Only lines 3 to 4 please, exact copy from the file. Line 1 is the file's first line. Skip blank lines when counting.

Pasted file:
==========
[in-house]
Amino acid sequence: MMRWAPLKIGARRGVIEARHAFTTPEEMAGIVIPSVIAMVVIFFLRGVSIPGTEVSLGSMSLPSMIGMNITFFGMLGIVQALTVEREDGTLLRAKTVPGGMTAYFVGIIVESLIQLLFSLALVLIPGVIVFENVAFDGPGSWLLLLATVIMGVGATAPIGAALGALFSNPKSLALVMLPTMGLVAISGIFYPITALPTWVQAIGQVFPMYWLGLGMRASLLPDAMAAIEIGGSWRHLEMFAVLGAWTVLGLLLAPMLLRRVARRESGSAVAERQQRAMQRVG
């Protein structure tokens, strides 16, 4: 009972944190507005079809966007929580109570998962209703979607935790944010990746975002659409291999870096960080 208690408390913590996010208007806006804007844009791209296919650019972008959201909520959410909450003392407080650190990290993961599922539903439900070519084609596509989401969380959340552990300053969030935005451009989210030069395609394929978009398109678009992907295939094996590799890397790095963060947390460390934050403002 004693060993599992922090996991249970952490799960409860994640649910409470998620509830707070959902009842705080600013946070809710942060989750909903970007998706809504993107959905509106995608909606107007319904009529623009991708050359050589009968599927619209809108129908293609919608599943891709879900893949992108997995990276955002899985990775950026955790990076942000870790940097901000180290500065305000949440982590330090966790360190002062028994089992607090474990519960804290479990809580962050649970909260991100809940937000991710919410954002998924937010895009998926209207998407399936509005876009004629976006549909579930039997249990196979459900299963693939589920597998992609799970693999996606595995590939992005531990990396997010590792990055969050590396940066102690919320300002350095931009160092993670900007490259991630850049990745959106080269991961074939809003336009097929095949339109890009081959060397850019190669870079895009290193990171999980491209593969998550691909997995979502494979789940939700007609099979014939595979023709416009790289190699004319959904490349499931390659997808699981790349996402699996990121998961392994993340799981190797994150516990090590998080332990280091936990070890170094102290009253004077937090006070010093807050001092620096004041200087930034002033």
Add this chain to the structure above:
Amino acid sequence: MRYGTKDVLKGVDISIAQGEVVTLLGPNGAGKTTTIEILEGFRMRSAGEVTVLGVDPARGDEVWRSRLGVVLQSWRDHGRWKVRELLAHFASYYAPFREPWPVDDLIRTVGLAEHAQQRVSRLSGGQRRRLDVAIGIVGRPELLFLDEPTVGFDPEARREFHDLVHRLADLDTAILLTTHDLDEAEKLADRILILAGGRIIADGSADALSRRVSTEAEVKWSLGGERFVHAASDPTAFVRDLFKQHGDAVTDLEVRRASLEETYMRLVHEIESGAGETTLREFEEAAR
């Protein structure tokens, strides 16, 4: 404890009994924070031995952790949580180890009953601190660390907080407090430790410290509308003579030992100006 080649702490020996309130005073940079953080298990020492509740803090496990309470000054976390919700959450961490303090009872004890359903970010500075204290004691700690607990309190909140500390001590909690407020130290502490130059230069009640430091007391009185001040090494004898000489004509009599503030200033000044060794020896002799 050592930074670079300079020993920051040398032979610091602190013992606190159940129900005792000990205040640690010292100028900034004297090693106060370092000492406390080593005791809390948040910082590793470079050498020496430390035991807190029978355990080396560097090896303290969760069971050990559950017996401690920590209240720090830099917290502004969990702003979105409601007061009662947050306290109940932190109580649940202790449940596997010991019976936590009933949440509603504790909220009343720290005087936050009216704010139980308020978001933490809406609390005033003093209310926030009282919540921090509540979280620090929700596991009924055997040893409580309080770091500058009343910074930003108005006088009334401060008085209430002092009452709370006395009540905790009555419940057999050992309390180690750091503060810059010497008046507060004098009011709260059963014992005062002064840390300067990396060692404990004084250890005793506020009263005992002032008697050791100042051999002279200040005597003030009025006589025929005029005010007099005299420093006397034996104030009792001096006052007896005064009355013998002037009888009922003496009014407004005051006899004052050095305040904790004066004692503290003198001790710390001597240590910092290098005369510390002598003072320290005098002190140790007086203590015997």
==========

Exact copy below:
């Protein structure tokens, strides 16, 4: 009972944190507005079809966007929580109570998962209703979607935790944010990746975002659409291999870096960080 208690408390913590996010208007806006804007844009791209296919650019972008959201909520959410909450003392407080650190990290993961599922539903439900070519084609596509989401969380959340552990300053969030935005451009989210030069395609394929978009398109678009992907295939094996590799890397790095963060947390460390934050403002 004693060993599992922090996991249970952490799960409860994640649910409470998620509830707070959902009842705080600013946070809710942060989750909903970007998706809504993107959905509106995608909606107007319904009529623009991708050359050589009968599927619209809108129908293609919608599943891709879900893949992108997995990276955002899985990775950026955790990076942000870790940097901000180290500065305000949440982590330090966790360190002062028994089992607090474990519960804290479990809580962050649970909260991100809940937000991710919410954002998924937010895009998926209207998407399936509005876009004629976006549909579930039997249990196979459900299963693939589920597998992609799970693999996606595995590939992005531990990396997010590792990055969050590396940066102690919320300002350095931009160092993670900007490259991630850049990745959106080269991961074939809003336009097929095949339109890009081959060397850019190669870079895009290193990171999980491209593969998550691909997995979502494979789940939700007609099979014939595979023709416009790289190699004319959904490349499931390659997808699981790349996402699996990121998961392994993340799981190797994150516990090590998080332990280091936990070890170094102290009253004077937090006070010093807050001092620096004041200087930034002033």
Add this chain to the structure above: